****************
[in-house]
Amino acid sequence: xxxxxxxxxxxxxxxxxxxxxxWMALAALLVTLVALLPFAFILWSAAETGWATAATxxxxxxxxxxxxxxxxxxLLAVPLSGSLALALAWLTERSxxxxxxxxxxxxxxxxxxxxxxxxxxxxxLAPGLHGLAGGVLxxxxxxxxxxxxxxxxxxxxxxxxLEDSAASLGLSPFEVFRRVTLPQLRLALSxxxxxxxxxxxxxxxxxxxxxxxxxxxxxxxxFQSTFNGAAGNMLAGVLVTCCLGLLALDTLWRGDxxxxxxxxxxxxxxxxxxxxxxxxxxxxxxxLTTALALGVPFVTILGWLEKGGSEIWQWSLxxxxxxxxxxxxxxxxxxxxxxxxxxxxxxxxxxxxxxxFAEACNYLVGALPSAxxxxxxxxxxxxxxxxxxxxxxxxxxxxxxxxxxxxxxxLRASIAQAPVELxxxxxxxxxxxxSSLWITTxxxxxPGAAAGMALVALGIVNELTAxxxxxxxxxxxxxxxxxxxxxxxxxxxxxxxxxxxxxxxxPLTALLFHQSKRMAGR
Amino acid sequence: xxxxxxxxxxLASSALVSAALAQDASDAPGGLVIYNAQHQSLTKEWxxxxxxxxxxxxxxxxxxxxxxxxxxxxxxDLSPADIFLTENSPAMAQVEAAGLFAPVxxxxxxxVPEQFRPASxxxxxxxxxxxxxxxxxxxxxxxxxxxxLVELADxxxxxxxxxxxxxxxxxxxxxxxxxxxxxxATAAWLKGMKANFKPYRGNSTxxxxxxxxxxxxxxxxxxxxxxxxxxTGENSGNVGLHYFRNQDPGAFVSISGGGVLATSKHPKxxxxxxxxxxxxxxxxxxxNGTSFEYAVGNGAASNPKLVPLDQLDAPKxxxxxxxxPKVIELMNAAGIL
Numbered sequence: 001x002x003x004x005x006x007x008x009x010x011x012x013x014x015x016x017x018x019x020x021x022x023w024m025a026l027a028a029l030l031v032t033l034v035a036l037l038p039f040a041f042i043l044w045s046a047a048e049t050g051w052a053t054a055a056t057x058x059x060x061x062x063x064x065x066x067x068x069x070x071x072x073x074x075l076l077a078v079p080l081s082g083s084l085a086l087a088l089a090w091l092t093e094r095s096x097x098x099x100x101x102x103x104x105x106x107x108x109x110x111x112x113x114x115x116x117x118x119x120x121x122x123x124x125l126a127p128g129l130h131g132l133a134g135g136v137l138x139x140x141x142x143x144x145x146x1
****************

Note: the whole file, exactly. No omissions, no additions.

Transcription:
[in-house]
Amino acid sequence: xxxxxxxxxxxxxxxxxxxxxxWMALAALLVTLVALLPFAFILWSAAETGWATAATxxxxxxxxxxxxxxxxxxLLAVPLSGSLALALAWLTERSxxxxxxxxxxxxxxxxxxxxxxxxxxxxxLAPGLHGLAGGVLxxxxxxxxxxxxxxxxxxxxxxxxLEDSAASLGLSPFEVFRRVTLPQLRLALSxxxxxxxxxxxxxxxxxxxxxxxxxxxxxxxxFQSTFNGAAGNMLAGVLVTCCLGLLALDTLWRGDxxxxxxxxxxxxxxxxxxxxxxxxxxxxxxxLTTALALGVPFVTILGWLEKGGSEIWQWSLxxxxxxxxxxxxxxxxxxxxxxxxxxxxxxxxxxxxxxxFAEACNYLVGALPSAxxxxxxxxxxxxxxxxxxxxxxxxxxxxxxxxxxxxxxxLRASIAQAPVELxxxxxxxxxxxxSSLWITTxxxxxPGAAAGMALVALGIVNELTAxxxxxxxxxxxxxxxxxxxxxxxxxxxxxxxxxxxxxxxxPLTALLFHQSKRMAGR
Amino acid sequence: xxxxxxxxxxLASSALVSAALAQDASDAPGGLVIYNAQHQSLTKEWxxxxxxxxxxxxxxxxxxxxxxxxxxxxxxDLSPADIFLTENSPAMAQVEAAGLFAPVxxxxxxxVPEQFRPASxxxxxxxxxxxxxxxxxxxxxxxxxxxxLVELADxxxxxxxxxxxxxxxxxxxxxxxxxxxxxxATAAWLKGMKANFKPYRGNSTxxxxxxxxxxxxxxxxxxxxxxxxxxTGENSGNVGLHYFRNQDPGAFVSISGGGVLATSKHPKxxxxxxxxxxxxxxxxxxxNGTSFEYAVGNGAASNPKLVPLDQLDAPKxxxxxxxxPKVIELMNAAGIL
Numbered sequence: 001x002x003x004x005x006x007x008x009x010x011x012x013x014x015x016x017x018x019x020x021x022x023w024m025a026l027a028a029l030l031v032t033l034v035a036l037l038p039f040a041f042i043l044w045s046a047a048e049t050g051w052a053t054a055a056t057x058x059x060x061x062x063x064x065x066x067x068x069x070x071x072x073x074x075l076l077a078v079p080l081s082g083s084l085a086l087a088l089a090w091l092t093e094r095s096x097x098x099x100x101x102x103x104x105x106x107x108x109x110x111x112x113x114x115x116x117x118x119x120x121x122x123x124x125l126a127p128g129l130h131g132l133a134g135g136v137l138x139x140x141x142x143x144x145x146x1